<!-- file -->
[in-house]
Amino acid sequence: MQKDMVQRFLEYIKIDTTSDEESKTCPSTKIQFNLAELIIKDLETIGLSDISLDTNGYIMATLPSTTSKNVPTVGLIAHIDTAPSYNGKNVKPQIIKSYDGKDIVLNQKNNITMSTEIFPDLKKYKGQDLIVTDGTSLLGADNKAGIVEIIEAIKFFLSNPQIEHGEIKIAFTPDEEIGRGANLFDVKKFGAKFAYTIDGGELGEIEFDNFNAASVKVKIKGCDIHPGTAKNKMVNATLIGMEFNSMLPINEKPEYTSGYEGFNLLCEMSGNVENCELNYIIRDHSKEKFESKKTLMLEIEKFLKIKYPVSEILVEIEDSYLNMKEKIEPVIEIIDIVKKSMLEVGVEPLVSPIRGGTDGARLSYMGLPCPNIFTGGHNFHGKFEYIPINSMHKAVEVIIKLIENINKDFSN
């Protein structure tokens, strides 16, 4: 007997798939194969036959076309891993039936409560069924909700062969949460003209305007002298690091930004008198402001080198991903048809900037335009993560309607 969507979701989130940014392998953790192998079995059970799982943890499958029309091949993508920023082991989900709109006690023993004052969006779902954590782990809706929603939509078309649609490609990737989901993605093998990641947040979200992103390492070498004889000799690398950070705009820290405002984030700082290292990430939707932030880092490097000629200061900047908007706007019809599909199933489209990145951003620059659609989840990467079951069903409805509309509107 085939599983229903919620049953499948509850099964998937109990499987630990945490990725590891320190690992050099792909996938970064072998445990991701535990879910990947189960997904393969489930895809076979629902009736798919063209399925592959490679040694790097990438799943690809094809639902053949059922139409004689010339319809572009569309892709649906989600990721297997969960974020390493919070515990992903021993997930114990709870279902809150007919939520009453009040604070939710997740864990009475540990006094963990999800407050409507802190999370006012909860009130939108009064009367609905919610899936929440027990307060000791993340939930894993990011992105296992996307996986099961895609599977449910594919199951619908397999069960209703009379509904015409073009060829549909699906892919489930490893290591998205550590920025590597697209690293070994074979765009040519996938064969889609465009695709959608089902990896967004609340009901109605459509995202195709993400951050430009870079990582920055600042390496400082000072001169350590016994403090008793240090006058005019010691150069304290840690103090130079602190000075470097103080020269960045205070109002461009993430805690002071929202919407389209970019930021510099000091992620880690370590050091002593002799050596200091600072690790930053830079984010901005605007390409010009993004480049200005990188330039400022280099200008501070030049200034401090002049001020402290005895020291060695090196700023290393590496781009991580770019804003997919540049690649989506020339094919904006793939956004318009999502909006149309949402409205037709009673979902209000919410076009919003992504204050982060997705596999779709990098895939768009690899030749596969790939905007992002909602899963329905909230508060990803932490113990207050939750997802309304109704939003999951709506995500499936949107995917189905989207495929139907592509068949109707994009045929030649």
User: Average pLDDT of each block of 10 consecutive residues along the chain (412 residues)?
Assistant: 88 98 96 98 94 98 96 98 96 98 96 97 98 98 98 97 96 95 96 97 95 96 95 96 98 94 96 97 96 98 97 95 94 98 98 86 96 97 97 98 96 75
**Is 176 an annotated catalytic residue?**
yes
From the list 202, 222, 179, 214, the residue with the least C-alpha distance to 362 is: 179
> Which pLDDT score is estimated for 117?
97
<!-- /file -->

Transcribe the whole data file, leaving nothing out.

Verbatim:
[in-house]
Amino acid sequence: MQKDMVQRFLEYIKIDTTSDEESKTCPSTKIQFNLAELIIKDLETIGLSDISLDTNGYIMATLPSTTSKNVPTVGLIAHIDTAPSYNGKNVKPQIIKSYDGKDIVLNQKNNITMSTEIFPDLKKYKGQDLIVTDGTSLLGADNKAGIVEIIEAIKFFLSNPQIEHGEIKIAFTPDEEIGRGANLFDVKKFGAKFAYTIDGGELGEIEFDNFNAASVKVKIKGCDIHPGTAKNKMVNATLIGMEFNSMLPINEKPEYTSGYEGFNLLCEMSGNVENCELNYIIRDHSKEKFESKKTLMLEIEKFLKIKYPVSEILVEIEDSYLNMKEKIEPVIEIIDIVKKSMLEVGVEPLVSPIRGGTDGARLSYMGLPCPNIFTGGHNFHGKFEYIPINSMHKAVEVIIKLIENINKDFSN
């Protein structure tokens, strides 16, 4: 007997798939194969036959076309891993039936409560069924909700062969949460003209305007002298690091930004008198402001080198991903048809900037335009993560309607 969507979701989130940014392998953790192998079995059970799982943890499958029309091949993508920023082991989900709109006690023993004052969006779902954590782990809706929603939509078309649609490609990737989901993605093998990641947040979200992103390492070498004889000799690398950070705009820290405002984030700082290292990430939707932030880092490097000629200061900047908007706007019809599909199933489209990145951003620059659609989840990467079951069903409805509309509107 085939599983229903919620049953499948509850099964998937109990499987630990945490990725590891320190690992050099792909996938970064072998445990991701535990879910990947189960997904393969489930895809076979629902009736798919063209399925592959490679040694790097990438799943690809094809639902053949059922139409004689010339319809572009569309892709649906989600990721297997969960974020390493919070515990992903021993997930114990709870279902809150007919939520009453009040604070939710997740864990009475540990006094963990999800407050409507802190999370006012909860009130939108009064009367609905919610899936929440027990307060000791993340939930894993990011992105296992996307996986099961895609599977449910594919199951619908397999069960209703009379509904015409073009060829549909699906892919489930490893290591998205550590920025590597697209690293070994074979765009040519996938064969889609465009695709959608089902990896967004609340009901109605459509995202195709993400951050430009870079990582920055600042390496400082000072001169350590016994403090008793240090006058005019010691150069304290840690103090130079602190000075470097103080020269960045205070109002461009993430805690002071929202919407389209970019930021510099000091992620880690370590050091002593002799050596200091600072690790930053830079984010901005605007390409010009993004480049200005990188330039400022280099200008501070030049200034401090002049001020402290005895020291060695090196700023290393590496781009991580770019804003997919540049690649989506020339094919904006793939956004318009999502909006149309949402409205037709009673979902209000919410076009919003992504204050982060997705596999779709990098895939768009690899030749596969790939905007992002909602899963329905909230508060990803932490113990207050939750997802309304109704939003999951709506995500499936949107995917189905989207495929139907592509068949109707994009045929030649």
User: Average pLDDT of each block of 10 consecutive residues along the chain (412 residues)?
Assistant: 88 98 96 98 94 98 96 98 96 98 96 97 98 98 98 97 96 95 96 97 95 96 95 96 98 94 96 97 96 98 97 95 94 98 98 86 96 97 97 98 96 75
**Is 176 an annotated catalytic residue?**
yes
From the list 202, 222, 179, 214, the residue with the least C-alpha distance to 362 is: 179
> Which pLDDT score is estimated for 117?
97